7. Aaron Burr and Alexander Hamilton had a longstanding feud, which finally erupted into a duel.
The duel was fought on July 11, 1804, and ultimately ended Hamilton's life. (He died of his injuries the following day.) Because dueling was illegal at the time, Burr was charged with murder, though the charges were ultimately dropped. This wasn't the end of Burr's bad behavior, though. Burr was later charged with treason after becoming involved in a plot to conquer lands then held by Spain in the southwestern part of the continent in order to start a new nation. In spite of pressure from Thomas Jefferson (under whom Burr had served as Vice President during Jefferson's first term), Burr was ultimately found not guilty. Of course, you may now be familiar with this duel thanks to Lin-Manuel Miranda’s Hamilton.
8. Do you know why we call a signature a "John Hancock?"
Because that euphemism's namesake was the first to sign the Declaration of Independence, and he signed it in very large letters. To hear him tell it, he did this because he wanted King George III to be able to "read it without glasses."
9. While John Hancock's signature may be the most famous on the Declaration, it's not the most valuable.
That title goes to a little-known Founding Father named Button Gwinnett, a delegate from Georgia who died within a year of signing the Declaration of Independence. The most recent sale of Gwinnett’s John Hancock was for $722,500.
10. Though he was one of the most influential thinkers of the American Revolution, only six people attended the funeral of Thomas Paine in 1809.
He was buried in a grave on his farm, but later dug up and transported to London for a "proper burial" that never occurred. Instead, Paine's remains were passed down through inheritance and eventually sold off to different collectors and scattered to "the four corners of the world."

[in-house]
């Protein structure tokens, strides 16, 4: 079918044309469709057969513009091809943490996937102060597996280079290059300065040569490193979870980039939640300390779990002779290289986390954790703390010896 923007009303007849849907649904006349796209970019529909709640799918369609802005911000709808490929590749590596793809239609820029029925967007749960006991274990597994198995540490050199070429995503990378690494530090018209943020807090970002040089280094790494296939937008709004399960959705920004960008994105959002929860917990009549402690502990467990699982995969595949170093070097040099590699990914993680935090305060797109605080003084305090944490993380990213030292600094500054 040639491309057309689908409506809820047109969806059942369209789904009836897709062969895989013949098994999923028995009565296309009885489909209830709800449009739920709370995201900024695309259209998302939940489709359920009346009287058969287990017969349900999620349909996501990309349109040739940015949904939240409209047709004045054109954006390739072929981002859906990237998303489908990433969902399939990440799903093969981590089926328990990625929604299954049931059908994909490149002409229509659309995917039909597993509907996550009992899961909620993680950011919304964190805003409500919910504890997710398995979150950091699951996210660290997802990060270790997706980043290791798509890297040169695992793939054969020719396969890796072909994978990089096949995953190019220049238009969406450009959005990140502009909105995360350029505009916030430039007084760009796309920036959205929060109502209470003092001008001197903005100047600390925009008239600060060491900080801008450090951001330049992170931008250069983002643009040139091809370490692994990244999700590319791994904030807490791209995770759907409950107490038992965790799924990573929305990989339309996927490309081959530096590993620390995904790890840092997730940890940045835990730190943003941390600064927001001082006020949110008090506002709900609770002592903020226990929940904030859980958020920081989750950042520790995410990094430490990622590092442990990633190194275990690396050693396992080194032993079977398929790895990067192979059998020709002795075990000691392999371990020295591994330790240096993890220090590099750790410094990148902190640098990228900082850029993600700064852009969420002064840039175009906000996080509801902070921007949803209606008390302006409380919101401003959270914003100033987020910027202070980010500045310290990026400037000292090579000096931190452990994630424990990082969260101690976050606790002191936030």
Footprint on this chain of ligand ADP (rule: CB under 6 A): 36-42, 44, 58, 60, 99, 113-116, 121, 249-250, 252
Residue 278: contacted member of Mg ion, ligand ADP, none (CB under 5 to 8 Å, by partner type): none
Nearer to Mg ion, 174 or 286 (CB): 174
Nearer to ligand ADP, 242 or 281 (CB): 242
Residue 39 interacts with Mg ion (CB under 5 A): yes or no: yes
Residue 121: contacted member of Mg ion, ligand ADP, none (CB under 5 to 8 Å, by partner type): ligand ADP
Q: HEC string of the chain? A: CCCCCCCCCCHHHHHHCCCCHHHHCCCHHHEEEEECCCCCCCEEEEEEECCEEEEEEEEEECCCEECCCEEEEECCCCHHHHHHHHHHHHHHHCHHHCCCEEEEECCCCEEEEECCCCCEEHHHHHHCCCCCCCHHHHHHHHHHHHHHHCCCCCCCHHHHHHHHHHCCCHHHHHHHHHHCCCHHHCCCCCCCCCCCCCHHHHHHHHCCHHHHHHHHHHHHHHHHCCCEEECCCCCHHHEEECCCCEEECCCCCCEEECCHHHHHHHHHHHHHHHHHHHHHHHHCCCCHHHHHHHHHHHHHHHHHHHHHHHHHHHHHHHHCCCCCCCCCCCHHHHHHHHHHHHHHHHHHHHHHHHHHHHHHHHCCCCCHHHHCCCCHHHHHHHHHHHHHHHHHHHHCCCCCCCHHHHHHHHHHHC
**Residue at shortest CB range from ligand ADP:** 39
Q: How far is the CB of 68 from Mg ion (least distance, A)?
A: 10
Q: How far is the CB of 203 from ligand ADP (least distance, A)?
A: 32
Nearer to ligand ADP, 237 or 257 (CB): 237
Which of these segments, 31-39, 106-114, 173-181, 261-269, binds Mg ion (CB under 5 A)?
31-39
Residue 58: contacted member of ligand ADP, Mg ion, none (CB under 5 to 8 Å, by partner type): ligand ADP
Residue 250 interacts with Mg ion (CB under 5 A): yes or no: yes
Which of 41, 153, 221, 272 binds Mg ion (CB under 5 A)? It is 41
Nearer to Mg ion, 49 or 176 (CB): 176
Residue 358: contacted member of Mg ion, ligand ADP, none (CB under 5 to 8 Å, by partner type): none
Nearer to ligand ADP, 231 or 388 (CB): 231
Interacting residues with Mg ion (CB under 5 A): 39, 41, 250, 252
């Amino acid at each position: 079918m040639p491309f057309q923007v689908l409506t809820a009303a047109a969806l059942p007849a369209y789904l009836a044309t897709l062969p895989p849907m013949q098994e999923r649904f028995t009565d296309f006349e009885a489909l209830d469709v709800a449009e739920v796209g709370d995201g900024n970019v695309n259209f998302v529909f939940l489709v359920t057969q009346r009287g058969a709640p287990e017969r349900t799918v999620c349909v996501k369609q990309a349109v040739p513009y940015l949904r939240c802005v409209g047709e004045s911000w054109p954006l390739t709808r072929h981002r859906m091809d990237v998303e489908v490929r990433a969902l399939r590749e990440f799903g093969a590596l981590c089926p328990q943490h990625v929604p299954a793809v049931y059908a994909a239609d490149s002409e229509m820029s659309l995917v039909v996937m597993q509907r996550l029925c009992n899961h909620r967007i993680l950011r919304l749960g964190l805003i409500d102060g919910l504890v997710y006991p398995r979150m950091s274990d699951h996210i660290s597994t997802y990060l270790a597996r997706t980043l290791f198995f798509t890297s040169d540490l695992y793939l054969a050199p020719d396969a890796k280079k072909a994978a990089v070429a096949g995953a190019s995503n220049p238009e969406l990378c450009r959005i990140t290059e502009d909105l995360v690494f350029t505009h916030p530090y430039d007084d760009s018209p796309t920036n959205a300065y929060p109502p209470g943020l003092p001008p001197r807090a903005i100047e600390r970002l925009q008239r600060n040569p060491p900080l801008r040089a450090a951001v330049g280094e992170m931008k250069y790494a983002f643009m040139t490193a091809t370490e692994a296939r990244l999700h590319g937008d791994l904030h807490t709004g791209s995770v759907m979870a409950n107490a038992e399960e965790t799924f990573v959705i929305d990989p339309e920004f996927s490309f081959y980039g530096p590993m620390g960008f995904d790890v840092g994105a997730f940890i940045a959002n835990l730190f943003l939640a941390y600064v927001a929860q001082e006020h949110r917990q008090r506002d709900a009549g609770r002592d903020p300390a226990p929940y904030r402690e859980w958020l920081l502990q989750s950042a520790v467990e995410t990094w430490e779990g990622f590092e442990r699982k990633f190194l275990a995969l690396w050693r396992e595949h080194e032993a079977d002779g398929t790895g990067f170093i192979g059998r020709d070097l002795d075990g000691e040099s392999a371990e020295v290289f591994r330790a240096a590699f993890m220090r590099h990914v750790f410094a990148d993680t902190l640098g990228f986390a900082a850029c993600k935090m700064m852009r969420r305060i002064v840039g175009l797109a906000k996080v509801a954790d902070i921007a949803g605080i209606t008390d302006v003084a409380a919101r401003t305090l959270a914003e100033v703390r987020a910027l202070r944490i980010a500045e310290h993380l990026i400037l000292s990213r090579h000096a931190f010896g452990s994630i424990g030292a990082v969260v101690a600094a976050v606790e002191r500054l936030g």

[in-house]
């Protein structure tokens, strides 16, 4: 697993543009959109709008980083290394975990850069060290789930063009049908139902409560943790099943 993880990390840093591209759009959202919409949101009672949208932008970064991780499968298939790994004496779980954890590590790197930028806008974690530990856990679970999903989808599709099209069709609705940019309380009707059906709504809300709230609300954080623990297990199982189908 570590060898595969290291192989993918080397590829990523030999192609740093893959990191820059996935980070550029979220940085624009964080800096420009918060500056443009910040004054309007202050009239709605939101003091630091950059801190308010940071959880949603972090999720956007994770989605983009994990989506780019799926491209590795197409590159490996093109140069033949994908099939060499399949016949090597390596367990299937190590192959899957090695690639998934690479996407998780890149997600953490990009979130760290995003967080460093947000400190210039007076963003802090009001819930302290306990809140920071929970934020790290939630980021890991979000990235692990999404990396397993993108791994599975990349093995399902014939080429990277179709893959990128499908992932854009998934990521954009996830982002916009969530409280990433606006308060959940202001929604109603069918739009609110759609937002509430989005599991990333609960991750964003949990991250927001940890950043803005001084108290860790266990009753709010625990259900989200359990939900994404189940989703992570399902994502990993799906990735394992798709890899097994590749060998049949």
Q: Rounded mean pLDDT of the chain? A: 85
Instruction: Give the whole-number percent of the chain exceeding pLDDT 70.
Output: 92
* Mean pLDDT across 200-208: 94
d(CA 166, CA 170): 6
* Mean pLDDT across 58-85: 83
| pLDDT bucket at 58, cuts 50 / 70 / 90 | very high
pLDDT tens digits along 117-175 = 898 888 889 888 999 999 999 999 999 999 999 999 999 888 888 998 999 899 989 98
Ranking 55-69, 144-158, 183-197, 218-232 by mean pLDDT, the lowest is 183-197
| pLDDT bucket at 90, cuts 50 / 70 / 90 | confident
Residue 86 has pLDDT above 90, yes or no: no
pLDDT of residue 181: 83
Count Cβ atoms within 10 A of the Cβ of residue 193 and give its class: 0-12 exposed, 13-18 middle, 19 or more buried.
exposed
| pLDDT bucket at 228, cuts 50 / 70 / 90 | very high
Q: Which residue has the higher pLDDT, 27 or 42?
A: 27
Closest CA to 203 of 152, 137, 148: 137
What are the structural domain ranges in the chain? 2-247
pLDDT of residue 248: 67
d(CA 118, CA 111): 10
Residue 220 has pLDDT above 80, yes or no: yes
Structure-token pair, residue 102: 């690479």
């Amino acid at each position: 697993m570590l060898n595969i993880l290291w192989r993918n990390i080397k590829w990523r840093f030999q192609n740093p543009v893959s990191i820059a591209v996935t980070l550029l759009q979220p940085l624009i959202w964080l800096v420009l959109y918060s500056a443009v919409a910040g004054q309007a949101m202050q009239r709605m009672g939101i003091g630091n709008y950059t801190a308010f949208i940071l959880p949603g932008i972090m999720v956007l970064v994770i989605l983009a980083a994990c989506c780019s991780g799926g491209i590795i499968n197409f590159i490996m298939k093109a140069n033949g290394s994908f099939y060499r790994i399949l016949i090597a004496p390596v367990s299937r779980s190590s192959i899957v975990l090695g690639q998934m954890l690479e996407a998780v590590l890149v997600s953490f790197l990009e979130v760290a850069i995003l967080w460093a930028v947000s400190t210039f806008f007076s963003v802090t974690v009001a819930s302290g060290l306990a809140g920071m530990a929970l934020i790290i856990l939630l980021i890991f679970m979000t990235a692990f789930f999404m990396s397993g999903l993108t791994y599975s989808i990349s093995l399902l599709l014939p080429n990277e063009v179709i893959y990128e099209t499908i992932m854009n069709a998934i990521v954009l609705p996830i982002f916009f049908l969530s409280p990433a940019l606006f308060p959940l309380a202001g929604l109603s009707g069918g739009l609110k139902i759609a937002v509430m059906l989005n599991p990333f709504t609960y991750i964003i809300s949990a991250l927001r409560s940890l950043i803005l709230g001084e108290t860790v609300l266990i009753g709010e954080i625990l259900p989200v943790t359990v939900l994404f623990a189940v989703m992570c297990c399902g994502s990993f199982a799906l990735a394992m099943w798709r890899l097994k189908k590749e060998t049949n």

11. James Wilson was one of the first Justices of the Supreme Court—and the only one to ever be jailed.
A rather dubious honor he holds to this day. After becoming an Associate Justice, he spent time in debtor's prison after losing money on land speculation; an unfortunate turn of events that affected more than a few of our Founding Fathers.
12. Francis Hopkinson once took credit for designing the United States flag.
If you want proof, he even sent in an invoice, in which he asked for payment in the form of a case of wine.
13. In addition to being a signatory of the Declaration of Independence, Dr. Benjamin Rush was the "father of American psychiatry."
Rush was one of the first to believe that mental illnesses were caused by imbalances in the brain, although he believed blood levels were the culprit. He was also one of the first people to put forth the idea that alcoholism was a disease, a concept later used by those in the temperance movement to help bring about Prohibition.
14. Charles Carroll of Carrollton signed the Declaration of Independence and helped found the Baltimore & Ohio Railroad.
While he may be more famous for the former, Carroll’s railroad is still well known today by the acronym B&O Railroad. You may know it as one of the four railroads in the popular board game Monopoly.
Ultimately, our Founding Fathers (and Mothers) were just people and, like all people, were full of qualities both good and bad, not to mention simply unusual. The more you learn about them as flesh-and-blood human beings, the more interesting stories you come across…
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[via Media Research Center, How Stuff Works, Mental Floss]
Featured photo: Wikimedia Commons; Additional photos: Library of Congress / Flickr; iCollector